It’s that time of the year again!
Gift lists are written and parties are planned. As the holiday season kicks off, consumers are doing their research now to see which brands and retailers will offer the best deals in the coming weeks.
For years, Black Friday has reigned as the ultimate shopping day, offering significant discounts and limited-time pricing on big ticket items. However, as both brands and consumers have transitioned to online retail, holiday purchases made in-store have started to decline. In fact, market research predicts that Cyber Monday will be the biggest shopping day of 2014 and possibly the biggest shopping day ever.
The Birth of Cyber Monday
Cyber Monday earned its name back in Fall 2005 when ecommerce began to boom. Online sales suddenly spiked the Monday following Thanksgiving weekend due to a number of circumstances. For one, although Black Friday had already passed, consumers were still in holiday shopping mode as Christmas, Hanukkah, Kwanzaa and other days of significance grew closer. Also, most people had faster internet connections at work so they waited until the work week started to buy anything online. Lastly, many people spent the holiday weekend with their friends and families, making Monday the first day they could get started on their gift lists. As a result, people resorted to buying as much as they could online and Cyber Monday quickly evolved.
Revenue generated on Cyber Monday has increased annually since 2005, with a year-over-year growth rate of 16%. In 2013, Cyber Monday desktop sales came in at an impressive $1.73 billion, totaling in $2.29 billion in online sales and making it the biggest shopping day in history. With the help of Cyber Monday sales, 2013 saw a 20.6% increase in annual online revenue.
Cyber Monday 2014 Predictions
Fortunately, for brands and consumers alike, Cyber Monday 2014 should surpass last year’s milestones. Ecommerce sites should see an increase in total sales from last year, although the growth rate may be less drastic than previous years. Researchers predict that because people shop online on a daily basis, growth rates will begin to plateau even though total revenue will continue to increase.
Also, the most lucrative holiday sales are expected to span over the length of five to six days, starting early on Thanksgiving Day and overflowing onto what’s gradually becoming Cyber Tuesday. Consequently, people will start shopping online earlier than planned or wait until the last minute to capitalize on flash sales, spreading the season’s bulk of total online revenue over the span of more than just one day.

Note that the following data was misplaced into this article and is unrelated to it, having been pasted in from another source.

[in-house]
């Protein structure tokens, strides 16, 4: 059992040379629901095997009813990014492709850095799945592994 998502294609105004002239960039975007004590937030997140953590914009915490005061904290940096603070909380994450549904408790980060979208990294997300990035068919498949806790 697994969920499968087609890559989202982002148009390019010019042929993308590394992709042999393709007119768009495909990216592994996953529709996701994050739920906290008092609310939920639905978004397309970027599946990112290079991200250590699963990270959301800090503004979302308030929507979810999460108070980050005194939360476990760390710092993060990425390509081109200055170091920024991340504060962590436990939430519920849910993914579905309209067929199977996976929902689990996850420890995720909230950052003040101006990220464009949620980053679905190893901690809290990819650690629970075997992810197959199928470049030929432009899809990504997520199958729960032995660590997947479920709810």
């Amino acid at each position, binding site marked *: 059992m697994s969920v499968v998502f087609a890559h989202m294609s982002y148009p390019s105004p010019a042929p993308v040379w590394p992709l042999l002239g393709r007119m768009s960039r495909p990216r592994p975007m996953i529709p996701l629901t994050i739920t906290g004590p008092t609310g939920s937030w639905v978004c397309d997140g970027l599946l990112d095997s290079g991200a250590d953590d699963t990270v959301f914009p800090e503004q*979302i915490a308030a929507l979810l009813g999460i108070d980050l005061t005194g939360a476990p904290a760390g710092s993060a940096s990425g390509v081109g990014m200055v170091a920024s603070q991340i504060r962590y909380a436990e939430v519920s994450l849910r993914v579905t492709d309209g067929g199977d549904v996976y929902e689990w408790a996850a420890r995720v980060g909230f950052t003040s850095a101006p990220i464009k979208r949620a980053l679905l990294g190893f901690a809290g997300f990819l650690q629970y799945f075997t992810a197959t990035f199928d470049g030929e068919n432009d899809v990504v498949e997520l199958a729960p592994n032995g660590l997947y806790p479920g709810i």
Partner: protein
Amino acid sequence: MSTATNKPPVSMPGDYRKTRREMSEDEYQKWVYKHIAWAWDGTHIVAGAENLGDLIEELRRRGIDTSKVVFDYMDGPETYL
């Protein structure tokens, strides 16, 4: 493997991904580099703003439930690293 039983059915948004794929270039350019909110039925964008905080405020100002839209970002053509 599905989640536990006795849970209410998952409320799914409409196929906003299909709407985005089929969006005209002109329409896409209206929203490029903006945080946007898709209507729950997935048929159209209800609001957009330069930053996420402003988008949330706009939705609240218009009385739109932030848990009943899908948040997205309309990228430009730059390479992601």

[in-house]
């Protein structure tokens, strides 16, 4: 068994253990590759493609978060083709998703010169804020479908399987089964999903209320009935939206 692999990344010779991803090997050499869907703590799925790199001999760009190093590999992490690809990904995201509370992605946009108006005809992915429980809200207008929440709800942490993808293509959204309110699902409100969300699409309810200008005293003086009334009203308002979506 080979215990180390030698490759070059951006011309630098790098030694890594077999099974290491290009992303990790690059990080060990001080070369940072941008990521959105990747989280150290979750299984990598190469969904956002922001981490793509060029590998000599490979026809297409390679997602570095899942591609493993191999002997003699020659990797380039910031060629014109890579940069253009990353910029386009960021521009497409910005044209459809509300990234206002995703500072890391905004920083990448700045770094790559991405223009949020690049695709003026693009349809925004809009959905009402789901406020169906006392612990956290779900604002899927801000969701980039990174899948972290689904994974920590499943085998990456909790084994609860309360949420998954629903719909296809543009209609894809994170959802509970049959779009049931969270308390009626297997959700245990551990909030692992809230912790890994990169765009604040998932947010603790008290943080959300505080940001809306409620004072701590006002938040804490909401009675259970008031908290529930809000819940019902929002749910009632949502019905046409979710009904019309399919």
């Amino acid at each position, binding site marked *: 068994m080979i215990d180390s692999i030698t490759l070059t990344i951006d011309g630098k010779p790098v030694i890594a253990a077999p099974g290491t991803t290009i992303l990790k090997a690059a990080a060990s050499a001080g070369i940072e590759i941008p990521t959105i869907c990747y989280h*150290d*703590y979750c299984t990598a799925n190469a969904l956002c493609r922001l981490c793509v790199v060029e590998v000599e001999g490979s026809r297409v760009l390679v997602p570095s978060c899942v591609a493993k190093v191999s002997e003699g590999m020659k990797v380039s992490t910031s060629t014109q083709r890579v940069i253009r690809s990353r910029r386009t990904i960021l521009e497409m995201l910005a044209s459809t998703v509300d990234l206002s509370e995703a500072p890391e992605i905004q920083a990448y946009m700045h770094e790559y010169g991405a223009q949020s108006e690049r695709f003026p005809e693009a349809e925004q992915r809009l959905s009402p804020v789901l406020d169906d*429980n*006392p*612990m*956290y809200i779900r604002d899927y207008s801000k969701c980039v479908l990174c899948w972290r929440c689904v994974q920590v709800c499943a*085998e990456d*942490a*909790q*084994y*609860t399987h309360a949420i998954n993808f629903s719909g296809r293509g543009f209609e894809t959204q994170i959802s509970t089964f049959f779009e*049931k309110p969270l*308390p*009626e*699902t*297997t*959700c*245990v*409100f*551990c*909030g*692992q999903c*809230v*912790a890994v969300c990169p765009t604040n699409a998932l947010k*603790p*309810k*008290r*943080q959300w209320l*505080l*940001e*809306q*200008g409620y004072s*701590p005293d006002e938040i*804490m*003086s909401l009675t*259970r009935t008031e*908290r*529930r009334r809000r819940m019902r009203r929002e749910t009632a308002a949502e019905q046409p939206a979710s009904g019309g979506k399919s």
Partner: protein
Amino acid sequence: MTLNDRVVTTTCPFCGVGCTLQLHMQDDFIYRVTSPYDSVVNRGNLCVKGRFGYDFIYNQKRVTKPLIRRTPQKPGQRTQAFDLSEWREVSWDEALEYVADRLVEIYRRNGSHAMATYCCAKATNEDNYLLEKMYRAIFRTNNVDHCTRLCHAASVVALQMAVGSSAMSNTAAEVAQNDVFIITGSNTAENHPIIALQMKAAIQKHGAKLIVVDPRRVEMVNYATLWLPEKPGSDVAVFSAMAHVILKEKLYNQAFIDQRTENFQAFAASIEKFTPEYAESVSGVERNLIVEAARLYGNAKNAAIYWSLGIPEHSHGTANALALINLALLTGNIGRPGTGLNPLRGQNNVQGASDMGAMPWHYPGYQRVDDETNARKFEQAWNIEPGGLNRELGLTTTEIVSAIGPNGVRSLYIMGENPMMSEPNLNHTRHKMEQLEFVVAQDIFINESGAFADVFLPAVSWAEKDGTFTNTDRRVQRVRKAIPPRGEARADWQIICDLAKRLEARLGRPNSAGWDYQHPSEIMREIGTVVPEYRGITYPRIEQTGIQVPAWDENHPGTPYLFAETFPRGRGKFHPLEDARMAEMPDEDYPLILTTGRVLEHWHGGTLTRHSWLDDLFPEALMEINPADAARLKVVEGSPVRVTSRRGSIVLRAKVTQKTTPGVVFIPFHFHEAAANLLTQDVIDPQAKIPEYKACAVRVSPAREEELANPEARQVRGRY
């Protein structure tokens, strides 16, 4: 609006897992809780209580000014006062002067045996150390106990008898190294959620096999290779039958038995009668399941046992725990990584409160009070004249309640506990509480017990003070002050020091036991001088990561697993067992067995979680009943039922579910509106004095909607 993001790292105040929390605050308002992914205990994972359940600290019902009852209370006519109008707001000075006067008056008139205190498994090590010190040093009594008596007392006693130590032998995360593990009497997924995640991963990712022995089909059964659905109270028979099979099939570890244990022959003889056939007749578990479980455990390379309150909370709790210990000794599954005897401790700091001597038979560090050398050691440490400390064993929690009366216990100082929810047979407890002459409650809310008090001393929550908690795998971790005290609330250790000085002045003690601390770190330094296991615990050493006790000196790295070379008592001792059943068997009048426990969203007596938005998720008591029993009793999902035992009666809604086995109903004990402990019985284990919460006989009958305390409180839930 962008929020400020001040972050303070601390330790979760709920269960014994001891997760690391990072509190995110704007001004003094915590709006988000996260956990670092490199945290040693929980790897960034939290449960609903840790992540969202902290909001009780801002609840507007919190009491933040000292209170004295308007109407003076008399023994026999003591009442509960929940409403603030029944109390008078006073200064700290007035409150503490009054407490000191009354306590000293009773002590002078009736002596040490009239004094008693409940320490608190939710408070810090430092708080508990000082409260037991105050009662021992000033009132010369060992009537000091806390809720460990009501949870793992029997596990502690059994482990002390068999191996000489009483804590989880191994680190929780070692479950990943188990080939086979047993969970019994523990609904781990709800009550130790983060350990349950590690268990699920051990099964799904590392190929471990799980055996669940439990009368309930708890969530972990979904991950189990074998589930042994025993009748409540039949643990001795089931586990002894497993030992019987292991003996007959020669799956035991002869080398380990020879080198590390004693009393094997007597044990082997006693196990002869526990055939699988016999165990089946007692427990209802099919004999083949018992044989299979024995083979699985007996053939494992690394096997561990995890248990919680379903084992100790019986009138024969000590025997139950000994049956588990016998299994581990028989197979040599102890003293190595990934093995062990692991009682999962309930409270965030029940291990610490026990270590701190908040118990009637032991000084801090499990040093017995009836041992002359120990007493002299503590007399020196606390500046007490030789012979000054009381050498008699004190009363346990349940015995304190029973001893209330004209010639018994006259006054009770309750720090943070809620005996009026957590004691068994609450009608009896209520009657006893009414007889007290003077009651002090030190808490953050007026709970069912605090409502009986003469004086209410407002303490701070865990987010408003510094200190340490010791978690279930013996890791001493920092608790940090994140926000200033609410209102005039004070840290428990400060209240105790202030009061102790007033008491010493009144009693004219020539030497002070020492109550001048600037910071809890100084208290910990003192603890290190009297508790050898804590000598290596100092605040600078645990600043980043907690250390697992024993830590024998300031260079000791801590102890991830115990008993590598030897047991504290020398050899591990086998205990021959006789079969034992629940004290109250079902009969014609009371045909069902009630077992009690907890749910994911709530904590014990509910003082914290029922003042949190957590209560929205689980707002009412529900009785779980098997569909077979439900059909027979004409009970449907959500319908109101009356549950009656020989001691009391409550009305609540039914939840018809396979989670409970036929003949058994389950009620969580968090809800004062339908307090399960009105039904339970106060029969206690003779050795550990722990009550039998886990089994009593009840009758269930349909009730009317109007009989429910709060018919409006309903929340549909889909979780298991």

Research also suggests that consumers will spend more on Cyber Monday than on Black Friday. This prediction stems from people wanting to avoid the crowds and inconvenience of Black Friday outings, as well as an inherent consumer belief that Cyber Monday will have better offers. Cyber Monday sales are expected to be the best of any online sales happening this season, primarily due to the typical blowout and flash sale prices retailers offer throughout the day.
On Cyber Monday, sales should spike at three key times. The first peak will be in the morning work hours, between 7-9am, when people are just getting to their office computers. The second jump will happen just after work hours, around 5-7 pm, when people get home from work and the last bump will happen during the late night hours, starting at 11pm and lasting through the next day. Retailers are expected to have flash sales late Monday evening and through Tuesday to compensate for the difference of the revenue they expected to make. Also, many companies will use the blowout sales to move extra stock and make space for December’s inventory.
One final prediction is that the number of consumers using mobile devices to shop on Cyber Monday should increase, although not as significantly as previous years. Mobile purchases on Cyber Monday grew by 96% in 2012 and 45% in 2013, but the growth for 2014 may drop to an estimated 30%. Still, mobile device usage is just as much a part of daily life as ecommerce and the two will coincide when retailers make promotions exclusive to purchases made on mobile devices.
What This Means for Black Friday
The predictions for Cyber Monday don’t discount the fact that sale prices on Black Friday will be competitive. Those who plan to run out the door after the Thanksgiving turkey is served will have the luxury of stores opening earlier than usual and extraordinary door busters. In-store shoppers can expect to get a significant savings on the items they buy, especially on electronics, which traditionally have the largest grossing revenue on that day. For those who can’t wait until Monday to start shopping but want to skip the lines, online deals are expected to either match or be better than in-store prices.
Needless to say, this holiday season should be the biggest one yet!